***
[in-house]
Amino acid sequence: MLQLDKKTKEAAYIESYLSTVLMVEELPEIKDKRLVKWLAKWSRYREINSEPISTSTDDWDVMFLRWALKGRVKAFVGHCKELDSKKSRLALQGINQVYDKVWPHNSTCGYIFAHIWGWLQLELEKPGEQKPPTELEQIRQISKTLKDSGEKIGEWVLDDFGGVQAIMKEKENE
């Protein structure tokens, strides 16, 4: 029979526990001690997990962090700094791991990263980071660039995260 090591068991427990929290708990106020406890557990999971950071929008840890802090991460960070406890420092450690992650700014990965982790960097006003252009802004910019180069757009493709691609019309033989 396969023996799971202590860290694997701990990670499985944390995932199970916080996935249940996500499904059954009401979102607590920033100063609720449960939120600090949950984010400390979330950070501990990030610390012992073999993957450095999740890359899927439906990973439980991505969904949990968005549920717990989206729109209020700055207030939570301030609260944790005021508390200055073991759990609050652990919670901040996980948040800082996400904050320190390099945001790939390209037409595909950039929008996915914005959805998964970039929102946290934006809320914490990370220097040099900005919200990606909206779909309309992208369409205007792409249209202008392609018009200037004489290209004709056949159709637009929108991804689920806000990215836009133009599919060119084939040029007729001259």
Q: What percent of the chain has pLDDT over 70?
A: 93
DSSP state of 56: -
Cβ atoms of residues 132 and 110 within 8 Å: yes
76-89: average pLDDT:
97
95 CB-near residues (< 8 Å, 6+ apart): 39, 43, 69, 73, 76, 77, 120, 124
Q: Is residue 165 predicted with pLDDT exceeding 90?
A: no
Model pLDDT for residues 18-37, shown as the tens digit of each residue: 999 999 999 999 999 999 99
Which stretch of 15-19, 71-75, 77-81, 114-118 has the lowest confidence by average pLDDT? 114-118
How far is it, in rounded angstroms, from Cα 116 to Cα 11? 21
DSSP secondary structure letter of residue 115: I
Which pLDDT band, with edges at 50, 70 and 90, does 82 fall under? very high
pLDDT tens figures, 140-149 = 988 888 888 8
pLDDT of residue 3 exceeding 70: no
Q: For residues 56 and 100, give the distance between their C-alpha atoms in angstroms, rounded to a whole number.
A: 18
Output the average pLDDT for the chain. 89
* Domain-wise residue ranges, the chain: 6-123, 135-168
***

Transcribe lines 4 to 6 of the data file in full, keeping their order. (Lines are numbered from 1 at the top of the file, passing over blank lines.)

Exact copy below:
Q: What percent of the chain has pLDDT over 70?
A: 93
DSSP state of 56: -